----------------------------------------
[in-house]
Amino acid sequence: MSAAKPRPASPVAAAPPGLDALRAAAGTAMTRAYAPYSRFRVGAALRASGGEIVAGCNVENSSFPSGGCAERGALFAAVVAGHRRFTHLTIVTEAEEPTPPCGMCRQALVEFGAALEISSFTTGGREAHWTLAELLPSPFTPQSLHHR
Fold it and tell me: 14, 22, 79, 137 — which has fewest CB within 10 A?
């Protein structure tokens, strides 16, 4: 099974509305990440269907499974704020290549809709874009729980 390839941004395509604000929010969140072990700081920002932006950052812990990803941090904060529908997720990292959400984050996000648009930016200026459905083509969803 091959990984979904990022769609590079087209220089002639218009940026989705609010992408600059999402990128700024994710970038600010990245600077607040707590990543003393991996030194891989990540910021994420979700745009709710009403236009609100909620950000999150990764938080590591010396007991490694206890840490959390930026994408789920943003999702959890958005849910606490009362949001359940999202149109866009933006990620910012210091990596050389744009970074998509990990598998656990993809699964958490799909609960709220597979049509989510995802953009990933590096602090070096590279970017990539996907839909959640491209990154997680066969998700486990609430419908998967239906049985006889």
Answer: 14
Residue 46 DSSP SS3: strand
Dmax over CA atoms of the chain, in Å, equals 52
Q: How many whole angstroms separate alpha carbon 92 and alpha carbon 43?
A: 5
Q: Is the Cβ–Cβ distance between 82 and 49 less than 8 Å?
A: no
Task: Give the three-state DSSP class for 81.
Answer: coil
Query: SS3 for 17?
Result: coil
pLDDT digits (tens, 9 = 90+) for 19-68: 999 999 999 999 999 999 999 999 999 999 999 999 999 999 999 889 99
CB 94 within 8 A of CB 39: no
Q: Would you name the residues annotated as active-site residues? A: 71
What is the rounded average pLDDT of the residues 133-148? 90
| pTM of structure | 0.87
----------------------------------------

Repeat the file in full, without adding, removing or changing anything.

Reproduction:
[in-house]
Amino acid sequence: MSAAKPRPASPVAAAPPGLDALRAAAGTAMTRAYAPYSRFRVGAALRASGGEIVAGCNVENSSFPSGGCAERGALFAAVVAGHRRFTHLTIVTEAEEPTPPCGMCRQALVEFGAALEISSFTTGGREAHWTLAELLPSPFTPQSLHHR
Fold it and tell me: 14, 22, 79, 137 — which has fewest CB within 10 A?
């Protein structure tokens, strides 16, 4: 099974509305990440269907499974704020290549809709874009729980 390839941004395509604000929010969140072990700081920002932006950052812990990803941090904060529908997720990292959400984050996000648009930016200026459905083509969803 091959990984979904990022769609590079087209220089002639218009940026989705609010992408600059999402990128700024994710970038600010990245600077607040707590990543003393991996030194891989990540910021994420979700745009709710009403236009609100909620950000999150990764938080590591010396007991490694206890840490959390930026994408789920943003999702959890958005849910606490009362949001359940999202149109866009933006990620910012210091990596050389744009970074998509990990598998656990993809699964958490799909609960709220597979049509989510995802953009990933590096602090070096590279970017990539996907839909959640491209990154997680066969998700486990609430419908998967239906049985006889």
Answer: 14
Residue 46 DSSP SS3: strand
Dmax over CA atoms of the chain, in Å, equals 52
Q: How many whole angstroms separate alpha carbon 92 and alpha carbon 43?
A: 5
Q: Is the Cβ–Cβ distance between 82 and 49 less than 8 Å?
A: no
Task: Give the three-state DSSP class for 81.
Answer: coil
Query: SS3 for 17?
Result: coil
pLDDT digits (tens, 9 = 90+) for 19-68: 999 999 999 999 999 999 999 999 999 999 999 999 999 999 999 889 99
CB 94 within 8 A of CB 39: no
Q: Would you name the residues annotated as active-site residues? A: 71
What is the rounded average pLDDT of the residues 133-148? 90
| pTM of structure | 0.87